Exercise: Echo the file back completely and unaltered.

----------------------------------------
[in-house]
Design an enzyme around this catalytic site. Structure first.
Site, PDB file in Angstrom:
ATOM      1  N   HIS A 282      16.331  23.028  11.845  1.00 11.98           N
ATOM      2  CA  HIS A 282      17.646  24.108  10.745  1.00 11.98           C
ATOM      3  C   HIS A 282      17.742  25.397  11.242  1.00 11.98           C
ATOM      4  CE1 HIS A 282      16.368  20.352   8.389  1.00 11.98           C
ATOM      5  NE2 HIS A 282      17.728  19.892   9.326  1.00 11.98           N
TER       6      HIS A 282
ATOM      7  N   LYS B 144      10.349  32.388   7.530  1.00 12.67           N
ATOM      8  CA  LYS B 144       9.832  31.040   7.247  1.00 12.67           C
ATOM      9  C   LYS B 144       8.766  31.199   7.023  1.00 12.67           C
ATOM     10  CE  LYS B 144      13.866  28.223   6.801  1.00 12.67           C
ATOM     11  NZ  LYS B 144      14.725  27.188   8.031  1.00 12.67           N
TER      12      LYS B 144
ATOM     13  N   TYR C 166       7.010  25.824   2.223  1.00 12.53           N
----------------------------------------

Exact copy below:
[in-house]
Design an enzyme around this catalytic site. Structure first.
Site, PDB file in Angstrom:
ATOM      1  N   HIS A 282      16.331  23.028  11.845  1.00 11.98           N
ATOM      2  CA  HIS A 282      17.646  24.108  10.745  1.00 11.98           C
ATOM      3  C   HIS A 282      17.742  25.397  11.242  1.00 11.98           C
ATOM      4  CE1 HIS A 282      16.368  20.352   8.389  1.00 11.98           C
ATOM      5  NE2 HIS A 282      17.728  19.892   9.326  1.00 11.98           N
TER       6      HIS A 282
ATOM      7  N   LYS B 144      10.349  32.388   7.530  1.00 12.67           N
ATOM      8  CA  LYS B 144       9.832  31.040   7.247  1.00 12.67           C
ATOM      9  C   LYS B 144       8.766  31.199   7.023  1.00 12.67           C
ATOM     10  CE  LYS B 144      13.866  28.223   6.801  1.00 12.67           C
ATOM     11  NZ  LYS B 144      14.725  27.188   8.031  1.00 12.67           N
TER      12      LYS B 144
ATOM     13  N   TYR C 166       7.010  25.824   2.223  1.00 12.53           N